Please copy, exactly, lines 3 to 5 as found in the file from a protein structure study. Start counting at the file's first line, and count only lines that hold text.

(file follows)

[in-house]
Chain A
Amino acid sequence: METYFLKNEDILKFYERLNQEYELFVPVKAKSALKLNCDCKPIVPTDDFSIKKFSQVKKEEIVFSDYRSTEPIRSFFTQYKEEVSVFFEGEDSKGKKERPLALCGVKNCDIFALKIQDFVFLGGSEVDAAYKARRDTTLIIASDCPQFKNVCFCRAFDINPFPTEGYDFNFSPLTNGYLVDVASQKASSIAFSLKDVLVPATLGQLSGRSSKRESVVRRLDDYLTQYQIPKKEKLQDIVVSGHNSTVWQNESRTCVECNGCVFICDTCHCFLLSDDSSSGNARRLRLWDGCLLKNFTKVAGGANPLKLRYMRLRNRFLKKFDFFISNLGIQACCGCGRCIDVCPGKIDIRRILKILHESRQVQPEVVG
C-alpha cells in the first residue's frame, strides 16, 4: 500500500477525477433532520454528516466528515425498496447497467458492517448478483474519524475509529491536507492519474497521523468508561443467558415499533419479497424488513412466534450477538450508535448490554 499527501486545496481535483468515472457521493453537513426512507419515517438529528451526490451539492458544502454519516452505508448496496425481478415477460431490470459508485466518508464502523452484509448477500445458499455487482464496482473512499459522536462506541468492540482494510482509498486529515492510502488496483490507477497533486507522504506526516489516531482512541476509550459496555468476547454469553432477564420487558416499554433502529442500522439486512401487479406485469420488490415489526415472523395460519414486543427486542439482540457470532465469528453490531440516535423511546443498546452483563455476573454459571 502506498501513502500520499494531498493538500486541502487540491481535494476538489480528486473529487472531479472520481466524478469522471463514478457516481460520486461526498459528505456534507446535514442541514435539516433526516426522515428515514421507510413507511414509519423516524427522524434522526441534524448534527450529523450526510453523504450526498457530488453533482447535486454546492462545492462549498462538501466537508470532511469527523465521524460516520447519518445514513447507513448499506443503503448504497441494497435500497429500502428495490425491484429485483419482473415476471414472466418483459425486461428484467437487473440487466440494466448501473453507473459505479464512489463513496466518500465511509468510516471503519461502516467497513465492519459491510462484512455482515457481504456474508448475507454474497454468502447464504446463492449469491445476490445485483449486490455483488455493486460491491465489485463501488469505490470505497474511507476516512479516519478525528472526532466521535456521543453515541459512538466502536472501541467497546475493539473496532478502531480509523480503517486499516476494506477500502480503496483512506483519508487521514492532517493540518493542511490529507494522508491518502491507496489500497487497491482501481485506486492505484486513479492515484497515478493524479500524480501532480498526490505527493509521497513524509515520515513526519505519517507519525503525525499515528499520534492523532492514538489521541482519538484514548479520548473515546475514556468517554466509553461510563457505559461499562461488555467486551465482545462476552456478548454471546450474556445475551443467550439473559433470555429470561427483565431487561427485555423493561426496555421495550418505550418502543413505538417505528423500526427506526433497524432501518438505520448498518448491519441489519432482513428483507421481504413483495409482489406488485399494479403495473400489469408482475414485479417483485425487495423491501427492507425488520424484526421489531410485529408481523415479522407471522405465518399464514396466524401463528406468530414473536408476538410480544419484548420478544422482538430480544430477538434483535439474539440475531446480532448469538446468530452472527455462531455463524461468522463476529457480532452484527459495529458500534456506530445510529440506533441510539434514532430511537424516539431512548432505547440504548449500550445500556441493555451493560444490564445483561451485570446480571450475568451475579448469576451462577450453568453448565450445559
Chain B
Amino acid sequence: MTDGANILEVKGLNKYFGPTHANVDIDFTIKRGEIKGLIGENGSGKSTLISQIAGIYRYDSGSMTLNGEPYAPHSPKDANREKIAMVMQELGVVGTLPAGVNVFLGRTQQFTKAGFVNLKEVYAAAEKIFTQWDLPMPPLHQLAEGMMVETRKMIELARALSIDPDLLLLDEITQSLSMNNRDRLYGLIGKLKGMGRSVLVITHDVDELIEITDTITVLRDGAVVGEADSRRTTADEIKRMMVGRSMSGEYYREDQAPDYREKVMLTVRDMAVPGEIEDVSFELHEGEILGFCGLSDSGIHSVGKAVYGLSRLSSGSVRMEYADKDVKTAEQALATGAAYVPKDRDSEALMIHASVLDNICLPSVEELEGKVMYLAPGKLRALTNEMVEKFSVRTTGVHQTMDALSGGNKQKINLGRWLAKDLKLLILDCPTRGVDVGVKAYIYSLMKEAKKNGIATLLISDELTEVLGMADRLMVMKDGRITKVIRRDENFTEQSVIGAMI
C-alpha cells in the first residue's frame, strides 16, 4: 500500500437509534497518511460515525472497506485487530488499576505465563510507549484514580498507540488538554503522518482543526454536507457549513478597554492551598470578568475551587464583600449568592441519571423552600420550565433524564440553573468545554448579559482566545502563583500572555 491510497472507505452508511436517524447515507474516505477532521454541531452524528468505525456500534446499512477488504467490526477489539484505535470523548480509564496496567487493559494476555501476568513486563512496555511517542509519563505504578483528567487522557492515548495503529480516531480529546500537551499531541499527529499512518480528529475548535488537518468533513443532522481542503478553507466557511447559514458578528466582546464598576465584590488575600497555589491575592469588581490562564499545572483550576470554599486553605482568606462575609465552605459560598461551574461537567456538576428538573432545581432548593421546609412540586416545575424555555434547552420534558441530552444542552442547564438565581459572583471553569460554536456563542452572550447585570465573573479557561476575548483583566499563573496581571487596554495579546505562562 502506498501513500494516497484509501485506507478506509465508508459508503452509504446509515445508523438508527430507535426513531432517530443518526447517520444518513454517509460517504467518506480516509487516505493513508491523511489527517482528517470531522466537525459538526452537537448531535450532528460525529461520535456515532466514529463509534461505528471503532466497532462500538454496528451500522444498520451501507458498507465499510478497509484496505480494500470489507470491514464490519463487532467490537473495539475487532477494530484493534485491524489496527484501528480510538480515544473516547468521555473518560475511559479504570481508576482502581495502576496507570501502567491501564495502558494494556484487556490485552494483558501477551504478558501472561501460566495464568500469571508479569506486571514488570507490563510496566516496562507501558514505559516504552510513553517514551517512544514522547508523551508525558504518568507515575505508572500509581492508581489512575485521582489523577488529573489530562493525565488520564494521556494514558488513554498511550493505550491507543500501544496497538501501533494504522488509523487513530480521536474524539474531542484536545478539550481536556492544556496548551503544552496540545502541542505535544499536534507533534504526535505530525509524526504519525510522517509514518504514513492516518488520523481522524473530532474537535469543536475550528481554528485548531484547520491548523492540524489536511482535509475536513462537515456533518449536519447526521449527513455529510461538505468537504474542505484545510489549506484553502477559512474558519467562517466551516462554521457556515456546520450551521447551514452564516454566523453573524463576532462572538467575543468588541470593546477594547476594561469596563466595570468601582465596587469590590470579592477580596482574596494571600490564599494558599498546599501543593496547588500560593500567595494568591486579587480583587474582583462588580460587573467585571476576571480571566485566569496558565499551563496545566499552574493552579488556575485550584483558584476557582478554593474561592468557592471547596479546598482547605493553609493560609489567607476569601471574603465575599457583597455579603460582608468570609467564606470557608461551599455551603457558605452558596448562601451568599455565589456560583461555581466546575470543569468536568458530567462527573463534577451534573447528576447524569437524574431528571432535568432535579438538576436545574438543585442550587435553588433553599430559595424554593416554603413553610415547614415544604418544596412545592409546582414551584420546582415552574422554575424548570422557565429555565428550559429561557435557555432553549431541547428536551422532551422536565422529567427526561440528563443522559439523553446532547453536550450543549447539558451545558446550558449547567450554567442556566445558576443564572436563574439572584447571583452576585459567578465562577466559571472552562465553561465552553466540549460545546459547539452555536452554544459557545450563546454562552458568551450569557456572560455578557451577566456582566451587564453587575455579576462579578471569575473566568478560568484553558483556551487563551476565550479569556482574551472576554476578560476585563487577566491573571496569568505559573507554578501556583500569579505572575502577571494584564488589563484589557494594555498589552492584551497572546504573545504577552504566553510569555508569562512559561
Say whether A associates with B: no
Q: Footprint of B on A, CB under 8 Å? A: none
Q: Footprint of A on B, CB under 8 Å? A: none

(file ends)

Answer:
Amino acid sequence: METYFLKNEDILKFYERLNQEYELFVPVKAKSALKLNCDCKPIVPTDDFSIKKFSQVKKEEIVFSDYRSTEPIRSFFTQYKEEVSVFFEGEDSKGKKERPLALCGVKNCDIFALKIQDFVFLGGSEVDAAYKARRDTTLIIASDCPQFKNVCFCRAFDINPFPTEGYDFNFSPLTNGYLVDVASQKASSIAFSLKDVLVPATLGQLSGRSSKRESVVRRLDDYLTQYQIPKKEKLQDIVVSGHNSTVWQNESRTCVECNGCVFICDTCHCFLLSDDSSSGNARRLRLWDGCLLKNFTKVAGGANPLKLRYMRLRNRFLKKFDFFISNLGIQACCGCGRCIDVCPGKIDIRRILKILHESRQVQPEVVG
C-alpha cells in the first residue's frame, strides 16, 4: 500500500477525477433532520454528516466528515425498496447497467458492517448478483474519524475509529491536507492519474497521523468508561443467558415499533419479497424488513412466534450477538450508535448490554 499527501486545496481535483468515472457521493453537513426512507419515517438529528451526490451539492458544502454519516452505508448496496425481478415477460431490470459508485466518508464502523452484509448477500445458499455487482464496482473512499459522536462506541468492540482494510482509498486529515492510502488496483490507477497533486507522504506526516489516531482512541476509550459496555468476547454469553432477564420487558416499554433502529442500522439486512401487479406485469420488490415489526415472523395460519414486543427486542439482540457470532465469528453490531440516535423511546443498546452483563455476573454459571 502506498501513502500520499494531498493538500486541502487540491481535494476538489480528486473529487472531479472520481466524478469522471463514478457516481460520486461526498459528505456534507446535514442541514435539516433526516426522515428515514421507510413507511414509519423516524427522524434522526441534524448534527450529523450526510453523504450526498457530488453533482447535486454546492462545492462549498462538501466537508470532511469527523465521524460516520447519518445514513447507513448499506443503503448504497441494497435500497429500502428495490425491484429485483419482473415476471414472466418483459425486461428484467437487473440487466440494466448501473453507473459505479464512489463513496466518500465511509468510516471503519461502516467497513465492519459491510462484512455482515457481504456474508448475507454474497454468502447464504446463492449469491445476490445485483449486490455483488455493486460491491465489485463501488469505490470505497474511507476516512479516519478525528472526532466521535456521543453515541459512538466502536472501541467497546475493539473496532478502531480509523480503517486499516476494506477500502480503496483512506483519508487521514492532517493540518493542511490529507494522508491518502491507496489500497487497491482501481485506486492505484486513479492515484497515478493524479500524480501532480498526490505527493509521497513524509515520515513526519505519517507519525503525525499515528499520534492523532492514538489521541482519538484514548479520548473515546475514556468517554466509553461510563457505559461499562461488555467486551465482545462476552456478548454471546450474556445475551443467550439473559433470555429470561427483565431487561427485555423493561426496555421495550418505550418502543413505538417505528423500526427506526433497524432501518438505520448498518448491519441489519432482513428483507421481504413483495409482489406488485399494479403495473400489469408482475414485479417483485425487495423491501427492507425488520424484526421489531410485529408481523415479522407471522405465518399464514396466524401463528406468530414473536408476538410480544419484548420478544422482538430480544430477538434483535439474539440475531446480532448469538446468530452472527455462531455463524461468522463476529457480532452484527459495529458500534456506530445510529440506533441510539434514532430511537424516539431512548432505547440504548449500550445500556441493555451493560444490564445483561451485570446480571450475568451475579448469576451462577450453568453448565450445559
Chain B